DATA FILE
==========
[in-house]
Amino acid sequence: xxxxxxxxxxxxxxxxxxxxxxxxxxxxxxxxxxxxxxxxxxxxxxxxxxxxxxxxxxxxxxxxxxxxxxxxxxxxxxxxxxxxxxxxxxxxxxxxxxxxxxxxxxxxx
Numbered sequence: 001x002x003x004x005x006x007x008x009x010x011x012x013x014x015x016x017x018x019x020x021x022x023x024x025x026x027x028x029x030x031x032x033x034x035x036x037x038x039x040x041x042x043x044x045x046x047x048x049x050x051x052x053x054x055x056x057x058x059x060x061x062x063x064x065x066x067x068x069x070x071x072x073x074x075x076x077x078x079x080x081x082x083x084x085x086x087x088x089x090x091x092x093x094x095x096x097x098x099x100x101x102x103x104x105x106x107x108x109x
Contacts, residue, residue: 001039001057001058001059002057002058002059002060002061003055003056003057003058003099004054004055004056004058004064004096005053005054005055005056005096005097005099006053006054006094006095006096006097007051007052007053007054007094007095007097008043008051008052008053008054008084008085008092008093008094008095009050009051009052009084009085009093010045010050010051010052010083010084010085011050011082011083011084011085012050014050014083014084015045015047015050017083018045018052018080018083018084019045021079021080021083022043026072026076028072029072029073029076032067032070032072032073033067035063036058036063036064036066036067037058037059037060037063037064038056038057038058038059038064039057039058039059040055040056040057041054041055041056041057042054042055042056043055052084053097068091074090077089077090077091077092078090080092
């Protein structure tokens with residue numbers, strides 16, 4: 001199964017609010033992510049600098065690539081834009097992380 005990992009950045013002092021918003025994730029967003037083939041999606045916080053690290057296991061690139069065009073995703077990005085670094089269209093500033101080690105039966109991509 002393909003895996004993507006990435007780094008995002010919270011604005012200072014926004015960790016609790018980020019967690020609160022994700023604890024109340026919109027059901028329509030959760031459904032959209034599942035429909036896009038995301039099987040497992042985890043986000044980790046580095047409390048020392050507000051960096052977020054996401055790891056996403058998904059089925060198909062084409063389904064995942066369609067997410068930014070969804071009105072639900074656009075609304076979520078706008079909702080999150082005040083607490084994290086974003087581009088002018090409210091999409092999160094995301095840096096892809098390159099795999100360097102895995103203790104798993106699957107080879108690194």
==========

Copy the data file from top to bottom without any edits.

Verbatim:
[in-house]
Amino acid sequence: xxxxxxxxxxxxxxxxxxxxxxxxxxxxxxxxxxxxxxxxxxxxxxxxxxxxxxxxxxxxxxxxxxxxxxxxxxxxxxxxxxxxxxxxxxxxxxxxxxxxxxxxxxxxx
Numbered sequence: 001x002x003x004x005x006x007x008x009x010x011x012x013x014x015x016x017x018x019x020x021x022x023x024x025x026x027x028x029x030x031x032x033x034x035x036x037x038x039x040x041x042x043x044x045x046x047x048x049x050x051x052x053x054x055x056x057x058x059x060x061x062x063x064x065x066x067x068x069x070x071x072x073x074x075x076x077x078x079x080x081x082x083x084x085x086x087x088x089x090x091x092x093x094x095x096x097x098x099x100x101x102x103x104x105x106x107x108x109x
Contacts, residue, residue: 001039001057001058001059002057002058002059002060002061003055003056003057003058003099004054004055004056004058004064004096005053005054005055005056005096005097005099006053006054006094006095006096006097007051007052007053007054007094007095007097008043008051008052008053008054008084008085008092008093008094008095009050009051009052009084009085009093010045010050010051010052010083010084010085011050011082011083011084011085012050014050014083014084015045015047015050017083018045018052018080018083018084019045021079021080021083022043026072026076028072029072029073029076032067032070032072032073033067035063036058036063036064036066036067037058037059037060037063037064038056038057038058038059038064039057039058039059040055040056040057041054041055041056041057042054042055042056043055052084053097068091074090077089077090077091077092078090080092
């Protein structure tokens with residue numbers, strides 16, 4: 001199964017609010033992510049600098065690539081834009097992380 005990992009950045013002092021918003025994730029967003037083939041999606045916080053690290057296991061690139069065009073995703077990005085670094089269209093500033101080690105039966109991509 002393909003895996004993507006990435007780094008995002010919270011604005012200072014926004015960790016609790018980020019967690020609160022994700023604890024109340026919109027059901028329509030959760031459904032959209034599942035429909036896009038995301039099987040497992042985890043986000044980790046580095047409390048020392050507000051960096052977020054996401055790891056996403058998904059089925060198909062084409063389904064995942066369609067997410068930014070969804071009105072639900074656009075609304076979520078706008079909702080999150082005040083607490084994290086974003087581009088002018090409210091999409092999160094995301095840096096892809098390159099795999100360097102895995103203790104798993106699957107080879108690194």